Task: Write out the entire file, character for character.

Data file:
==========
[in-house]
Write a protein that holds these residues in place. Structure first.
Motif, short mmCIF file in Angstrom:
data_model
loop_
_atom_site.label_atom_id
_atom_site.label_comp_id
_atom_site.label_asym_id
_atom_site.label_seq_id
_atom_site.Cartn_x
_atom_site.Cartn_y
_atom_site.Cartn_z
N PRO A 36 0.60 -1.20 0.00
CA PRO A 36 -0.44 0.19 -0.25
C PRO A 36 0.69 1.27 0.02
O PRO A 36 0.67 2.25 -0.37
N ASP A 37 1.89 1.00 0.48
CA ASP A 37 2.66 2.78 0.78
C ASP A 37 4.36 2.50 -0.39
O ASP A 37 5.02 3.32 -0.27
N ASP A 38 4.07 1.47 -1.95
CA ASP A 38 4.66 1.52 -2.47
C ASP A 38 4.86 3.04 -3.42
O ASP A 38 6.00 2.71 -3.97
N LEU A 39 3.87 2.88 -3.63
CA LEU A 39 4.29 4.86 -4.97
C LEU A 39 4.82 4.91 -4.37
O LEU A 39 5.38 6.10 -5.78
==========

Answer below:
[in-house]
Write a protein that holds these residues in place. Structure first.
Motif, short mmCIF file in Angstrom:
data_model
loop_
_atom_site.label_atom_id
_atom_site.label_comp_id
_atom_site.label_asym_id
_atom_site.label_seq_id
_atom_site.Cartn_x
_atom_site.Cartn_y
_atom_site.Cartn_z
N PRO A 36 0.60 -1.20 0.00
CA PRO A 36 -0.44 0.19 -0.25
C PRO A 36 0.69 1.27 0.02
O PRO A 36 0.67 2.25 -0.37
N ASP A 37 1.89 1.00 0.48
CA ASP A 37 2.66 2.78 0.78
C ASP A 37 4.36 2.50 -0.39
O ASP A 37 5.02 3.32 -0.27
N ASP A 38 4.07 1.47 -1.95
CA ASP A 38 4.66 1.52 -2.47
C ASP A 38 4.86 3.04 -3.42
O ASP A 38 6.00 2.71 -3.97
N LEU A 39 3.87 2.88 -3.63
CA LEU A 39 4.29 4.86 -4.97
C LEU A 39 4.82 4.91 -4.37
O LEU A 39 5.38 6.10 -5.78